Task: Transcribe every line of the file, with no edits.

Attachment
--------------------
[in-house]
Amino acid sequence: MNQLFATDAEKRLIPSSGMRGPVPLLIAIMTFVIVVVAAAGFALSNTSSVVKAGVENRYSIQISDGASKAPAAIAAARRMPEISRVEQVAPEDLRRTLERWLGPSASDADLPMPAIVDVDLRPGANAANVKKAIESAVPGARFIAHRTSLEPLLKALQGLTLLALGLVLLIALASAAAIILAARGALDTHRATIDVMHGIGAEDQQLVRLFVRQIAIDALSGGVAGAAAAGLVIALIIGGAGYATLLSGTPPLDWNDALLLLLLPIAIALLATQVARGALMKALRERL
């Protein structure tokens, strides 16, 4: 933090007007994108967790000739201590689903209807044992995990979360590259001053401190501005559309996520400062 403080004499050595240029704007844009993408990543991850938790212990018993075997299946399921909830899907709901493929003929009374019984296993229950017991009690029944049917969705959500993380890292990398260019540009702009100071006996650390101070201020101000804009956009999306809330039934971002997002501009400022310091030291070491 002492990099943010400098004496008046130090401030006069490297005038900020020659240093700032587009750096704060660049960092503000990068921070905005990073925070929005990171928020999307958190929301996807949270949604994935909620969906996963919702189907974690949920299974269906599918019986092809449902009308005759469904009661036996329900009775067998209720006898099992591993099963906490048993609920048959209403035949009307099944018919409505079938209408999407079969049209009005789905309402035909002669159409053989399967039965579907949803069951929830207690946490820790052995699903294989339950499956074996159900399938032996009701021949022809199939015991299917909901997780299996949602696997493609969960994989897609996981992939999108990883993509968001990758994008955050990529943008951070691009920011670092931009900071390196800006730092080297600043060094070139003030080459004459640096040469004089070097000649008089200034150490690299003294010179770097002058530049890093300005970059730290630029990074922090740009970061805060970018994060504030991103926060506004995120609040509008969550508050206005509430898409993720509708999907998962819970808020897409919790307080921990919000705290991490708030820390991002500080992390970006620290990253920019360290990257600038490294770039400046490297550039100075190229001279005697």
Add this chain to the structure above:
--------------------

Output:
[in-house]
Amino acid sequence: MNQLFATDAEKRLIPSSGMRGPVPLLIAIMTFVIVVVAAAGFALSNTSSVVKAGVENRYSIQISDGASKAPAAIAAARRMPEISRVEQVAPEDLRRTLERWLGPSASDADLPMPAIVDVDLRPGANAANVKKAIESAVPGARFIAHRTSLEPLLKALQGLTLLALGLVLLIALASAAAIILAARGALDTHRATIDVMHGIGAEDQQLVRLFVRQIAIDALSGGVAGAAAAGLVIALIIGGAGYATLLSGTPPLDWNDALLLLLLPIAIALLATQVARGALMKALRERL
């Protein structure tokens, strides 16, 4: 933090007007994108967790000739201590689903209807044992995990979360590259001053401190501005559309996520400062 403080004499050595240029704007844009993408990543991850938790212990018993075997299946399921909830899907709901493929003929009374019984296993229950017991009690029944049917969705959500993380890292990398260019540009702009100071006996650390101070201020101000804009956009999306809330039934971002997002501009400022310091030291070491 002492990099943010400098004496008046130090401030006069490297005038900020020659240093700032587009750096704060660049960092503000990068921070905005990073925070929005990171928020999307958190929301996807949270949604994935909620969906996963919702189907974690949920299974269906599918019986092809449902009308005759469904009661036996329900009775067998209720006898099992591993099963906490048993609920048959209403035949009307099944018919409505079938209408999407079969049209009005789905309402035909002669159409053989399967039965579907949803069951929830207690946490820790052995699903294989339950499956074996159900399938032996009701021949022809199939015991299917909901997780299996949602696997493609969960994989897609996981992939999108990883993509968001990758994008955050990529943008951070691009920011670092931009900071390196800006730092080297600043060094070139003030080459004459640096040469004089070097000649008089200034150490690299003294010179770097002058530049890093300005970059730290630029990074922090740009970061805060970018994060504030991103926060506004995120609040509008969550508050206005509430898409993720509708999907998962819970808020897409919790307080921990919000705290991490708030820390991002500080992390970006620290990253920019360290990257600038490294770039400046490297550039100075190229001279005697």
Add this chain to the structure above: